Thursday 20 September 2018

Keys to the Kingdom: Three journeys to stir the soul in Kerry

From 'Star Wars' to intrepid salmon, what is it about Kerry that lends a unique magic to trips?

Sheen Falls Lodge, Kenmare, Co. Kerry
Sheen Falls Lodge, Kenmare, Co. Kerry
Pól Ó Conghaile

Pól Ó Conghaile

Have you ever seen a salmon jump?

This summer, I did. Staying at Sheen Falls Lodge, just outside of Kenmare, an early morning walk took me to the lovely 18th-century bridge overlooking the falls (above).

That's when I saw it. A splash, in the corner of my eye. I waited. Another splash. This time I turned my head quickly enough to catch a silvery glimpse. I stayed a half-hour or so, and ended up seeing a dozen or more fishy flips from what I reckon were three different salmon.

Read our three Kerry Journeys...

I got to thinking about the journey those fish had made. Setting out from the river as smolts, migrating with the North Atlantic Drift, and returning hundreds if not thousands of miles to that same bay, that same river, bypassing the seal that waits by the brown rocks at the foot of Sheen Falls, and leaping up the trickling torrents into this little pool.

It wasn't the first journey I'd been wowed by over my week in Kerry.

The previous day, I'd met Aileen Crean O'Brien in Kenmare. Aileen is the great-granddaughter of Antarctic hero, Tom Crean, and she runs a restaurant in town. In 2016, she marked the 100th anniversary of Crean's Endurance Expedition by following in his footsteps, she told me... only to break her leg in the Antarctic. On the day we met, she'd spent the morning lugging tyres in training for another adventure.

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Fungie and Nuala's friend Paul in DIngle Harbour. Photo: Nuala Moore

When I tweeted a photo of Fungie, another Kerry adventurer got in touch - open water swimmer, Nuala Moore. Nuala's epic swims have taken her as far afield as Cape Horn, but her daily immersions are in Dingle Harbour. You can read about her journeys with a dolphin she calls her 'training partner' here.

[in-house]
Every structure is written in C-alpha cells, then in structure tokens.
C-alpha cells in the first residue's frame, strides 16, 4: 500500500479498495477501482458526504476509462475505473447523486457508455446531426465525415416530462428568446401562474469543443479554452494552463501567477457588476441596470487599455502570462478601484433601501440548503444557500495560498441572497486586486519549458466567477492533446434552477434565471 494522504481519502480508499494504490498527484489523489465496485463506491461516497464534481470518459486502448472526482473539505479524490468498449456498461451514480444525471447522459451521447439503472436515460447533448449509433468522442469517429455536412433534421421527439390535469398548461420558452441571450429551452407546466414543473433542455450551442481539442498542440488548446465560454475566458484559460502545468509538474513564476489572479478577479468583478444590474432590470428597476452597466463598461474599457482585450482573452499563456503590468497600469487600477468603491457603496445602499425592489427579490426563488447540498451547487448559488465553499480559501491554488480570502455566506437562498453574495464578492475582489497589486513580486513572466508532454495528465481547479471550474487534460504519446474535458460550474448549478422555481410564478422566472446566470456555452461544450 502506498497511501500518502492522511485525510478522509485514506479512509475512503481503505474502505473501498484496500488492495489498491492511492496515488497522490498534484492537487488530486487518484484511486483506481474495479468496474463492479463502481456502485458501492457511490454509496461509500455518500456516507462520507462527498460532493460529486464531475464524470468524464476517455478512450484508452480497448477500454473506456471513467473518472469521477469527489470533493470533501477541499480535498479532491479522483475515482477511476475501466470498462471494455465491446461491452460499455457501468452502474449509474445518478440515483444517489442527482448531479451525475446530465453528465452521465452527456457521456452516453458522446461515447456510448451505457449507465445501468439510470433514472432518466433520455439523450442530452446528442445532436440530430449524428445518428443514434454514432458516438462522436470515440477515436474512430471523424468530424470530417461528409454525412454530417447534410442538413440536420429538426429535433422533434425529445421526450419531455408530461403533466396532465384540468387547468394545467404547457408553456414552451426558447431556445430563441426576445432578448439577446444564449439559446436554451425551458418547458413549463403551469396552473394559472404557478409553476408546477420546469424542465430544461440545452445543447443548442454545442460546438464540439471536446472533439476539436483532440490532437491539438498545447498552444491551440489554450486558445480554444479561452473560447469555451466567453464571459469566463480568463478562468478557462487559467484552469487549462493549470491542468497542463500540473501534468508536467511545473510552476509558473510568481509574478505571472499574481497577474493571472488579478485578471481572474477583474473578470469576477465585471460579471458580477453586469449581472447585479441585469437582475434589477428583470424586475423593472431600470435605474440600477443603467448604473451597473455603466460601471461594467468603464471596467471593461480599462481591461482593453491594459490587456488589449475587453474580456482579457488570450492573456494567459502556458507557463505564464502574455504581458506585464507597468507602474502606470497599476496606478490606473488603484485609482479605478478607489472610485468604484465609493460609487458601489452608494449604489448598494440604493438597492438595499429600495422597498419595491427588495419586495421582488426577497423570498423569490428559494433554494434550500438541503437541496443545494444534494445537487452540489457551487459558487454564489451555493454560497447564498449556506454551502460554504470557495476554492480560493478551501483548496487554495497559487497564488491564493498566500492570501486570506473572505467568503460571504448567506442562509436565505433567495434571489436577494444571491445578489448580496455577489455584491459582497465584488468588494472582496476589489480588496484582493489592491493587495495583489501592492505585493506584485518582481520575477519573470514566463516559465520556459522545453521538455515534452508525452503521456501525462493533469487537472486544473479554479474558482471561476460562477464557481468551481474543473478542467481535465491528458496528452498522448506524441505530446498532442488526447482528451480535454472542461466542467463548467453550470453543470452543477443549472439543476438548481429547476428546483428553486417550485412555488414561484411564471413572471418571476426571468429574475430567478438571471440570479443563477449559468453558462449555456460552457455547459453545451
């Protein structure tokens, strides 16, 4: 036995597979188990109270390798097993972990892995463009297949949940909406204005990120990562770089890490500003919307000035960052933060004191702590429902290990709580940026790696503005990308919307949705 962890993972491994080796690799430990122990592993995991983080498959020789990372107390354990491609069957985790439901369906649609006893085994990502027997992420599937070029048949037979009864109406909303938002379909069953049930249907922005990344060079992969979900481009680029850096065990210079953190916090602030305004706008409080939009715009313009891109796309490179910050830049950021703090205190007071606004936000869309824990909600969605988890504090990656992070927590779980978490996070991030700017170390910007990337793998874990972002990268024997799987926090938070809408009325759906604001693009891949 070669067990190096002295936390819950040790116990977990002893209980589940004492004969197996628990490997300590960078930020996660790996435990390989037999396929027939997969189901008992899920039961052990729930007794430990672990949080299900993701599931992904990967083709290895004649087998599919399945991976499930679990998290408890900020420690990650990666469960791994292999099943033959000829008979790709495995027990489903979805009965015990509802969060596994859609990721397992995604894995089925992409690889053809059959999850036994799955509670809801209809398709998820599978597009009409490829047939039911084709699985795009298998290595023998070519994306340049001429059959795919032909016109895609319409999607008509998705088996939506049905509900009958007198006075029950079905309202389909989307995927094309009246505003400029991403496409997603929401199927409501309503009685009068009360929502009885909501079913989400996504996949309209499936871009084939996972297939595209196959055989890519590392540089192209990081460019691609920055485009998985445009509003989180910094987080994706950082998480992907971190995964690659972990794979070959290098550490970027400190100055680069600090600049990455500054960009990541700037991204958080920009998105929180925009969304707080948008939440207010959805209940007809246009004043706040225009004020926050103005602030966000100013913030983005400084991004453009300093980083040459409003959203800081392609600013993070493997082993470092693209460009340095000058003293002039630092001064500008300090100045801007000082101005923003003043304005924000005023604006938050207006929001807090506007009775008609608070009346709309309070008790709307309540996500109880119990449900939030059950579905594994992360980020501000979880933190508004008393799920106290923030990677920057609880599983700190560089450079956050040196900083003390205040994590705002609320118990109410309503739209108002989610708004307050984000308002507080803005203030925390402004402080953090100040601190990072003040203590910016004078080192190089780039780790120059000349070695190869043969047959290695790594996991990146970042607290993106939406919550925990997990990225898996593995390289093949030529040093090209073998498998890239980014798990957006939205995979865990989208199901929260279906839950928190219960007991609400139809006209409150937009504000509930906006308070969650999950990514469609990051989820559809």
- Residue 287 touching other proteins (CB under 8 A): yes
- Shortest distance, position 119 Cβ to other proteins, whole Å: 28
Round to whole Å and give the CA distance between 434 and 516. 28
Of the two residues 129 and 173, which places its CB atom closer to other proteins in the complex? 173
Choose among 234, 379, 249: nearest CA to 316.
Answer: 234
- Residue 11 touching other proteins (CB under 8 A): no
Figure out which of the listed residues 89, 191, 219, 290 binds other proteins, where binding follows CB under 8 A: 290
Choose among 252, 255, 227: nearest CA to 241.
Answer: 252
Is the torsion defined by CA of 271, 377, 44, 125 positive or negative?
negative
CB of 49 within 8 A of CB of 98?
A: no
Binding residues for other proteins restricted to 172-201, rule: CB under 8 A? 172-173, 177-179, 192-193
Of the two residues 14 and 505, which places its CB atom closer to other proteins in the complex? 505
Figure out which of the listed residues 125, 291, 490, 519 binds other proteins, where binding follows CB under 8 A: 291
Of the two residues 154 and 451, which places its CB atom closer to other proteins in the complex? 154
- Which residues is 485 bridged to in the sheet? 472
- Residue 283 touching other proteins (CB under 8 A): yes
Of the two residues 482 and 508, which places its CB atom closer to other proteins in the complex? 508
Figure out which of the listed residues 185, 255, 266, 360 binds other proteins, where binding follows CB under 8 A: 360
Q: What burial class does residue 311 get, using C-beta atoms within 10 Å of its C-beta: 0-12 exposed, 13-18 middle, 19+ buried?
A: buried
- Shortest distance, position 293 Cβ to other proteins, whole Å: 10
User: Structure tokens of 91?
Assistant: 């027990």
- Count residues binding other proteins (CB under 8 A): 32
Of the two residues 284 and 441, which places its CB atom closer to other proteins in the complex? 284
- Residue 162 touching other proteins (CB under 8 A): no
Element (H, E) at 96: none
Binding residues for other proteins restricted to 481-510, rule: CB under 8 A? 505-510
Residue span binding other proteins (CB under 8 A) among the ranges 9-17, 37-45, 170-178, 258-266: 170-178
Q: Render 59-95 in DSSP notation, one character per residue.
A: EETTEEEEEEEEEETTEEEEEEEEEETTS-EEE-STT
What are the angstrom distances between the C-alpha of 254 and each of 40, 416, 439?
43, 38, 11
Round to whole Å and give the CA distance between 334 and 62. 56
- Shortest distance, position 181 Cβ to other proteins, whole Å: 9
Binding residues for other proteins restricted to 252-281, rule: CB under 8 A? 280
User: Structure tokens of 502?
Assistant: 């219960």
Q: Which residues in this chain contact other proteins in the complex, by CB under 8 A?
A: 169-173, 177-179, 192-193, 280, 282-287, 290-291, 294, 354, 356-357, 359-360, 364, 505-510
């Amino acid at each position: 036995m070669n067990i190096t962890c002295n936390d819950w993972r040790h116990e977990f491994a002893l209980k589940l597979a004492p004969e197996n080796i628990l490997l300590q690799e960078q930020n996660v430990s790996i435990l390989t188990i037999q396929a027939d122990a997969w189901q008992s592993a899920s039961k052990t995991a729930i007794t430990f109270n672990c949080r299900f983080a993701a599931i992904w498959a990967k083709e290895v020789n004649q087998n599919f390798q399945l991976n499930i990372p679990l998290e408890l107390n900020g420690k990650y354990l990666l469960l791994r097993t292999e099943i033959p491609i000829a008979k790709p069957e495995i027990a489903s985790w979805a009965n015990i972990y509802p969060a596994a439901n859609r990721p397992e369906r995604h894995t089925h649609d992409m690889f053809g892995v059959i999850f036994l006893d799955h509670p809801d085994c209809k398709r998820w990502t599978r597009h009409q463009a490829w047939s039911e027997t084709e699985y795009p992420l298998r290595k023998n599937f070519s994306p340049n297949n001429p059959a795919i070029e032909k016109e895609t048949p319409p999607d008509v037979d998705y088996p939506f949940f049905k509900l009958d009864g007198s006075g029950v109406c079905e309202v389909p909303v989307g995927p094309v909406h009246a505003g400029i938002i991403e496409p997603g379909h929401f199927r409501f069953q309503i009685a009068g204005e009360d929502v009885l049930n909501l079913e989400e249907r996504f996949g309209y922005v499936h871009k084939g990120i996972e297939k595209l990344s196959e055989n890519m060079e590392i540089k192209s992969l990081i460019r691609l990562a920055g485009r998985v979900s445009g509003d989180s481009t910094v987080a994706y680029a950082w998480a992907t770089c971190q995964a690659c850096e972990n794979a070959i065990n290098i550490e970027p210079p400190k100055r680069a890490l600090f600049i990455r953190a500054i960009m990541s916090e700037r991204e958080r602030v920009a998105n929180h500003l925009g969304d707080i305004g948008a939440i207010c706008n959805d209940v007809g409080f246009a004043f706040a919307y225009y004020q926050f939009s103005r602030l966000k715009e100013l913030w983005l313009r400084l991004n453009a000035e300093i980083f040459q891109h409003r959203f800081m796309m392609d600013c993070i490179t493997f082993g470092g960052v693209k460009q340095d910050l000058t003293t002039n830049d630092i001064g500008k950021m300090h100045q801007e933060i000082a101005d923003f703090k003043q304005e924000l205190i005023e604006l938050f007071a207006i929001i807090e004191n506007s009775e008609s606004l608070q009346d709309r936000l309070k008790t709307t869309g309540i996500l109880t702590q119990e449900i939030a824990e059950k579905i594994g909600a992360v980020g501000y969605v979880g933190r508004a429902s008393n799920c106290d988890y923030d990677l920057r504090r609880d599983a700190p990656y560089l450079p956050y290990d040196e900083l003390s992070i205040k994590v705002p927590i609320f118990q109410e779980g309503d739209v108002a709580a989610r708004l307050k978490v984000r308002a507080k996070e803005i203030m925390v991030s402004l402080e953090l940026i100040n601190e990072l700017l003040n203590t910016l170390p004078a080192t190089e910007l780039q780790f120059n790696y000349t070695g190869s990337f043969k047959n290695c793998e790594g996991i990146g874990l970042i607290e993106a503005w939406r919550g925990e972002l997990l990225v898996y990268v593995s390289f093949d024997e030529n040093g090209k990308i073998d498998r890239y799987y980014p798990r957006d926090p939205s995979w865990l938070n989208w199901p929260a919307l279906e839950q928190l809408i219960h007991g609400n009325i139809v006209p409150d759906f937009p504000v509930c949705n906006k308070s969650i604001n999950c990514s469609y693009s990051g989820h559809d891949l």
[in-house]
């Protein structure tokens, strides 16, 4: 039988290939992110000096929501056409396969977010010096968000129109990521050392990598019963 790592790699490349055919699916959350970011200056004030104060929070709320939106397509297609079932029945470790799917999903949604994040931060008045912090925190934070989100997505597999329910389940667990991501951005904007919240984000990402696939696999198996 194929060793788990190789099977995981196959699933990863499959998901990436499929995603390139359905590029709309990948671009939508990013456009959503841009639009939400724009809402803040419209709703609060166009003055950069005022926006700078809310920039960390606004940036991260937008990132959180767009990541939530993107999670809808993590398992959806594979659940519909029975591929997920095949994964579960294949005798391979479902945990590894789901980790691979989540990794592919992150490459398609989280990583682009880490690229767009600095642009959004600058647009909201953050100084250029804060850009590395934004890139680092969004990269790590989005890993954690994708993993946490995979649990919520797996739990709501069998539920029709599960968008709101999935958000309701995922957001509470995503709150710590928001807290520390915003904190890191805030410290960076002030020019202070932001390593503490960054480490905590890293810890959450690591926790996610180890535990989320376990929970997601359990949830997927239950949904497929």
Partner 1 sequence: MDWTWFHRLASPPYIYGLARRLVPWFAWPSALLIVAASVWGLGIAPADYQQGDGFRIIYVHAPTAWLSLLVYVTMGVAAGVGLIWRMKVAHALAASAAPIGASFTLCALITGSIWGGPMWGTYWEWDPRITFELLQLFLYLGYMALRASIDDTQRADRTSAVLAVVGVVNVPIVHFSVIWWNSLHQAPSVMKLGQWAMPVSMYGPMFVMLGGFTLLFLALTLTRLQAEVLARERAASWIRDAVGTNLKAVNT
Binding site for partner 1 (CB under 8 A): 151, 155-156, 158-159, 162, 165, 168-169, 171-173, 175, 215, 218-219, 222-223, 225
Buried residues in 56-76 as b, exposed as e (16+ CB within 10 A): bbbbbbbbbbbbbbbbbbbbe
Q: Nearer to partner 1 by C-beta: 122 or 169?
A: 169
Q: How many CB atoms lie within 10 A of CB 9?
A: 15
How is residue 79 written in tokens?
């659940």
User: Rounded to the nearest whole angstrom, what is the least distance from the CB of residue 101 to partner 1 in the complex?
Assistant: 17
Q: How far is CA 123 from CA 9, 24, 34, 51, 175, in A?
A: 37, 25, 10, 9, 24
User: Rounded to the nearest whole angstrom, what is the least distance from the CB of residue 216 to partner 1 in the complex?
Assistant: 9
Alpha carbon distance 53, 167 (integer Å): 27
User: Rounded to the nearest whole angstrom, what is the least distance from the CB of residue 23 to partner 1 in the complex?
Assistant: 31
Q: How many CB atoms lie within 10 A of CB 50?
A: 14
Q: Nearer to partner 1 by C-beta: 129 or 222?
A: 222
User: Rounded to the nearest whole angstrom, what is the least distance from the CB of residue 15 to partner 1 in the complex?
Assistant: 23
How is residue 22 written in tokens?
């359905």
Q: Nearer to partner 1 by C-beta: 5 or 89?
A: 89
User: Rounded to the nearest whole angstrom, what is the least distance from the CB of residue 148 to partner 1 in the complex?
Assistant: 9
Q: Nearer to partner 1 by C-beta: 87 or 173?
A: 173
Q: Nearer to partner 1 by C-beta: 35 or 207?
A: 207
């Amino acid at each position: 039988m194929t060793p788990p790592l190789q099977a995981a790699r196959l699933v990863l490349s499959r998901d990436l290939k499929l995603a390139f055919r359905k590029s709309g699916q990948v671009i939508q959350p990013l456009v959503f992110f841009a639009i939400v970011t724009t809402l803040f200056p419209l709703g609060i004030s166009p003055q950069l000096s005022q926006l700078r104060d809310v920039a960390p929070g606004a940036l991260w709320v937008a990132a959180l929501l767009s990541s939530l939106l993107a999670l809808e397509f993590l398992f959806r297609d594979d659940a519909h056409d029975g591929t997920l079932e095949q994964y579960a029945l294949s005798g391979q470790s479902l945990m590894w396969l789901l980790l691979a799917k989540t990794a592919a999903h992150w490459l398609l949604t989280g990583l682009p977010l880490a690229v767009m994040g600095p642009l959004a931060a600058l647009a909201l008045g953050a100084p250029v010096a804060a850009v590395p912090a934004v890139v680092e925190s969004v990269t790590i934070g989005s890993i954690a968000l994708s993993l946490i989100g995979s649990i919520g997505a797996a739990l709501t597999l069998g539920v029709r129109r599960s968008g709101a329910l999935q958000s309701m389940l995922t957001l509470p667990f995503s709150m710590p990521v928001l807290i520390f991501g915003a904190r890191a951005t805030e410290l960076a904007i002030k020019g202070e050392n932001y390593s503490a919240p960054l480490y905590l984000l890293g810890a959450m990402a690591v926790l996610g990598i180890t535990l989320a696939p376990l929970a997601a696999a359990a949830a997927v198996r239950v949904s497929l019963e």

Kerry is a tourism honeypot - this, we know. On my travels, I found Killarney crammed with visitors, locals making hay, and a well-oiled industry ticking over as it has done since Queen Victoria's time. But as anyone who stays more than a day or two discovers, there's a lot more to this canny county than the Gap of Dunloe.

The Wild Atlantic Way, Lord of the Rings-style landscapes and easygoing, soulful hospitality combine to give journeys in the Kingdom an air of almost Magic realism.

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Derrynane Beach. Photo: Getty

Before I left for Kerry, writer Nuala Woulfe had been in touch about an idea that intrigued me - a digital detox with her family on the Ring of Kerry (read how she fared here).

While I was there, I saw climbers bound for Carrauntoohil and Star Wars fans en route to the Skelligs. And I took a bucket list trip of my own - a Blasket Islands visit).

None of our trips match that salmon, of course, which for all I know ended up on the breakfast menu at Sheen Falls. But I hope this week's pages give a hint of the travel possibilities in this beautiful county.

Read more:

Sheen Falls: Barry Egan's tranquil tales from the riverbank

Irish Independent

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